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Understanding Calculus in a different way

  1. May 3, 2009 #1
    First, here's a question.
    One can integrate the equation for the volume of a sphere, but does it have any real world meaning? When I think of integration, I think of "Area under the curve integrated". But what does the integration of the eq for volume mean? Density? Or nothing at all. Is there a branch of investigation concerning the meanings of derivation and integration because it's pretty interesting to try to understand it in terms of physical meanings.
    I know that there is meaning for the rate of change of velocity and so on but it's not readily intuitive to most. So maybe there's a meaning to the area under the curve 4/3 pi R ^3.
    That equation can be plotted so there must be an area under it above the x axis. So what does this area imply?
    I've search hi and lo on the net and have never seen any discussion on this. If one can develop an intuitive sense of calculus, it would be an easier topic to take on.
    Thx,
    Rocky
     
  2. jcsd
  3. May 3, 2009 #2

    HallsofIvy

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    I'm not sure why you think "integral of the volume of a sphere", by which I guess you mean [itex]\int (4/3)\pi r^3 dr[/itex], should have any "real world meaning". Mathematics, in general, doesn't have "real world meaning" until you assign a meaning to the basic concepts.
     
  4. May 3, 2009 #3
    :) So are you saying that someone created the concept of volume by integrating the eq for the surface area of a sphere?? I don't know if I go along with that. I think the concept of volume had been around long before calculus. So someone found out that the volume of a sphere could now be determined by manipulating the eq for the surface area of sphere.
    Otherwise, I'd make up some geometrical object that corresponds to the integral of the volume of a sphere and call it a "rocky".
    I'm probably not making myself understood but I think it's perfect logical to assume that the integral of the vol of a sphere means something in the real world, just as the derivative of acceleration means something.
    Yes?
     
  5. May 3, 2009 #4

    matt grime

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    No. Not really. There is, I'm sure, some mileage to be had in a philosphical debate about 'meansing' in the 'real world'. But I see nothing logical in supposing that a completely unrelated concept must imply something about spheres and their volumes.

    A better analogy would have been to assert that the integral of acceleration means something. Does that throw it into perspective? You can define it; is it useful? Does your integral of the volume function do anything useful? It gives a function whose derivative is the volume function. I'm not sure that this is useful, but it may be in a physical question where we may have a something that depends on volume (or mass), and where the integral is useful.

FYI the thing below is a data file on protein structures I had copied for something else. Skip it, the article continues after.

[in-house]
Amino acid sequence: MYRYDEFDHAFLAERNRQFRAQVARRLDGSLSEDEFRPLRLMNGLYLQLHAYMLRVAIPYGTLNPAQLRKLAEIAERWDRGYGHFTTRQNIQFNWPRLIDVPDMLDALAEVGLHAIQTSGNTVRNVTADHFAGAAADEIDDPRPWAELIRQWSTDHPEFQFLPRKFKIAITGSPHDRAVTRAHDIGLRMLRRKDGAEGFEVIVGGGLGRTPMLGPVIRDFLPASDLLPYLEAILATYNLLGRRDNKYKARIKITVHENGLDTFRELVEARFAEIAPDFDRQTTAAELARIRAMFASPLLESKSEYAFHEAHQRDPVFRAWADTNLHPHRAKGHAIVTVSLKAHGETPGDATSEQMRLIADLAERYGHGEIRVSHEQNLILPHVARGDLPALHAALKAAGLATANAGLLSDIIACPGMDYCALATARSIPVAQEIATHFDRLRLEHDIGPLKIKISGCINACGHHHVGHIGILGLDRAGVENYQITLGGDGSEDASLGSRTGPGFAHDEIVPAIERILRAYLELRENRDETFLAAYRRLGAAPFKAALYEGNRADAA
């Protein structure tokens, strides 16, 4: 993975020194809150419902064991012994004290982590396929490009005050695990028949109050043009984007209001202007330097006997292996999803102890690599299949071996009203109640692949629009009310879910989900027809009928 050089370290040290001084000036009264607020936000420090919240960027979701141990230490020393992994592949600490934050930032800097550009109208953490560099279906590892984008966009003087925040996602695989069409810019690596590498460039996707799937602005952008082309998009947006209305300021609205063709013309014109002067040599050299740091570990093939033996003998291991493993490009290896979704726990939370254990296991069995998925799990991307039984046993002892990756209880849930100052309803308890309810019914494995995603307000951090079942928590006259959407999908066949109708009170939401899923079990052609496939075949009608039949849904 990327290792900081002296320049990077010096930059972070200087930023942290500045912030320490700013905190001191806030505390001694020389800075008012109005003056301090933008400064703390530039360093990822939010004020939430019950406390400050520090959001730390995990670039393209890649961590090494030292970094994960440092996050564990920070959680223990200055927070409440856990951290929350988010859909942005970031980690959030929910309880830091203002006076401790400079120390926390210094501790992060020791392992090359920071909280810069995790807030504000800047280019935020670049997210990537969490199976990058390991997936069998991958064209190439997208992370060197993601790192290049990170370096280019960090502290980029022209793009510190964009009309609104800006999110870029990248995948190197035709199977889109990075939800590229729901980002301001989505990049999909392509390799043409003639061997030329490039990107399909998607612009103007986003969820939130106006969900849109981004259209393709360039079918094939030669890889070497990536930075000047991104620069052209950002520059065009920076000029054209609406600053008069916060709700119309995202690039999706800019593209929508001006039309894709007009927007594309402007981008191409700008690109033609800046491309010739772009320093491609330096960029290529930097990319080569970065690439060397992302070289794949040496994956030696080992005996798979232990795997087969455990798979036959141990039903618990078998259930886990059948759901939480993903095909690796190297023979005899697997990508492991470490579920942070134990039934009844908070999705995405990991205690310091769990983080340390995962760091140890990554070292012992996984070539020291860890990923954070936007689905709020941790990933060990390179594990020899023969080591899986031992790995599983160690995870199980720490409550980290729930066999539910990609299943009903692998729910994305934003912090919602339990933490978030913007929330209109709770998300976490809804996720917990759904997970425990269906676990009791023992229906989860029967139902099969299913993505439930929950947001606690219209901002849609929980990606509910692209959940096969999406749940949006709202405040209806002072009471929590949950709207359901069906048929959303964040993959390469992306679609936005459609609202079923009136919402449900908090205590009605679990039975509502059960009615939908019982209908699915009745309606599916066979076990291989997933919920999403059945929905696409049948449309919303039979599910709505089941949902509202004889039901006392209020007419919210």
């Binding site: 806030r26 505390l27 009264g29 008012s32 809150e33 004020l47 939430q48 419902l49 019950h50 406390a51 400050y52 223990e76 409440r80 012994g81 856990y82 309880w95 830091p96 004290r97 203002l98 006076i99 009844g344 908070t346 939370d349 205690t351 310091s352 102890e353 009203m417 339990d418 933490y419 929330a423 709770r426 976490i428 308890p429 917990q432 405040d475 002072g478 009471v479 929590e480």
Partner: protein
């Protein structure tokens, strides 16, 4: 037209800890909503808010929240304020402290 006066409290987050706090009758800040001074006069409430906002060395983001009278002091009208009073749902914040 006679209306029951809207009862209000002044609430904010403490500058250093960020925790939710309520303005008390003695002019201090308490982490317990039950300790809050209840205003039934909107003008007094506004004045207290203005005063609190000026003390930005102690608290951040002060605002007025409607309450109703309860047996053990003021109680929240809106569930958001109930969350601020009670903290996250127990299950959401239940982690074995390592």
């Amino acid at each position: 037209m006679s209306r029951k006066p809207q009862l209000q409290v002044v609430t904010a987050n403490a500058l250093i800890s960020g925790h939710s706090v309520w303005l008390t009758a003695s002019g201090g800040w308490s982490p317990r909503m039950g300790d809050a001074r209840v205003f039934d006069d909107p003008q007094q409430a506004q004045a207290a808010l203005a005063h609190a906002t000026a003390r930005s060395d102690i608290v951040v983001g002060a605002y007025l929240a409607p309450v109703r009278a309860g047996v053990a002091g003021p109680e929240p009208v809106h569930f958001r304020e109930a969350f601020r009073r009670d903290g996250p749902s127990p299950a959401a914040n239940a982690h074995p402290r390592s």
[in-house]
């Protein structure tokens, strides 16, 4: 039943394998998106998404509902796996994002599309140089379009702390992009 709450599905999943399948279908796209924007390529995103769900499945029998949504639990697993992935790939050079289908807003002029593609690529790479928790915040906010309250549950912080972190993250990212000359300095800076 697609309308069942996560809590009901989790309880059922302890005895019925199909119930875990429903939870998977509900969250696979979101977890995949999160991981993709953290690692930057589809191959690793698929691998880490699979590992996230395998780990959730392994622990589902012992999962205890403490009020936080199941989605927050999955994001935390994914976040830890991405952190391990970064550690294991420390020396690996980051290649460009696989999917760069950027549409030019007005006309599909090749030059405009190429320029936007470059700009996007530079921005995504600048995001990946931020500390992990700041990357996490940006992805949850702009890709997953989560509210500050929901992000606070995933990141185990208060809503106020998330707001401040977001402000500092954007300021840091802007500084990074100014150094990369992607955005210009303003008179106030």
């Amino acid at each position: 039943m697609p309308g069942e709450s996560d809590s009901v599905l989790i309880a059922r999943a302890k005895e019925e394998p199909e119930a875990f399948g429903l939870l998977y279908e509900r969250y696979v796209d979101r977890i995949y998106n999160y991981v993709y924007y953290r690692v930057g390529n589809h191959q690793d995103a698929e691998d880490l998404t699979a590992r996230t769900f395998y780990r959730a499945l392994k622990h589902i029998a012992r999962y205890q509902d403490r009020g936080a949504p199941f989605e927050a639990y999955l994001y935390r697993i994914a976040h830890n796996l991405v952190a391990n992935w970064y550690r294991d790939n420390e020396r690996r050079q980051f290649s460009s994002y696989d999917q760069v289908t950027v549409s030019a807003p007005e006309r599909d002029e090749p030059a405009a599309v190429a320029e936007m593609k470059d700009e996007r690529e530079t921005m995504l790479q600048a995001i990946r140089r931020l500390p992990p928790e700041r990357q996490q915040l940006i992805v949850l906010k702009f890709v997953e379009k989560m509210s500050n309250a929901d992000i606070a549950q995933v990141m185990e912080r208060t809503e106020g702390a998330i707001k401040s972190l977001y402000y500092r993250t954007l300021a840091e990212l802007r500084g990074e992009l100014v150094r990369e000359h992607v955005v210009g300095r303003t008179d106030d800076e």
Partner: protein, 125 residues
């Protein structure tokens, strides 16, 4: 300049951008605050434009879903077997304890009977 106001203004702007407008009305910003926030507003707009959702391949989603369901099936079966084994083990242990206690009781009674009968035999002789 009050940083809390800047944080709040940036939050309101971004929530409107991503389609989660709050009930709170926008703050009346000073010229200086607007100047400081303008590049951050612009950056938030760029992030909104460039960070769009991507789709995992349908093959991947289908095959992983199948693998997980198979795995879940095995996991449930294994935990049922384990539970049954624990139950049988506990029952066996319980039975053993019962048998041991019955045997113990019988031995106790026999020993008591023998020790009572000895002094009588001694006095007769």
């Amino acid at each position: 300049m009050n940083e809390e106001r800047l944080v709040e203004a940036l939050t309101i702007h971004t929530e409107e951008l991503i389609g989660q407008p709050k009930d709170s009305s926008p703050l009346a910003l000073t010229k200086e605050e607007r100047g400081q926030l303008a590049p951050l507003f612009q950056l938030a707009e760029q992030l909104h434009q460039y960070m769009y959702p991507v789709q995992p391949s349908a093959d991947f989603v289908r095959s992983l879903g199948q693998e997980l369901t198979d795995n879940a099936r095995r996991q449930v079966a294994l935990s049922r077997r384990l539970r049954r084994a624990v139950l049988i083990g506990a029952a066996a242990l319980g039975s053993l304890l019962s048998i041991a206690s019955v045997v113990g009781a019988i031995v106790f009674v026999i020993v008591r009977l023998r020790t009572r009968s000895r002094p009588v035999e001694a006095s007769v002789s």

6. May 3, 2009 #5
    Maybe I SHOULD be using derivation and not integration...

    * Velocity is the rate of change of position.

    * Acceleration is the rate of change of velocity

    One might just stop there and say there is no real world quantity if you keep applying the derivative. But..

    * Jerk is how fast something accelerates with respect to time.

    There are several more physical quantities that are revealed upon further derivation beyond Jerk.

    One may never have assumed this. Therefore I am extrapolating in the other direction that as you continually integrate a geometrical concept, you will get new geometrical entities that have been conceived of or possibly not conceived of.
     
  7. May 3, 2009 #6
    In physics, jounce or snap is the fourth derivative of the position vector with respect to time, with the first, second, and third derivatives being velocity, acceleration, and jerk, respectively; in other words, the jounce is the rate of change of the jerk with respect to time.


    Currently, there are no well-accepted designations for the derivatives of jounce. The fifth and sixth derivatives of position as a function of time are "sometimes somewhat facetiously" [1][2] referred to (in association with "Snap") as "Crackle" and "Pop", from the cereal characters; however, these terms have not gained widespread acceptance.


    As one can see here, further derivations of the position vector lead to at the very least fascetious designation of quantities.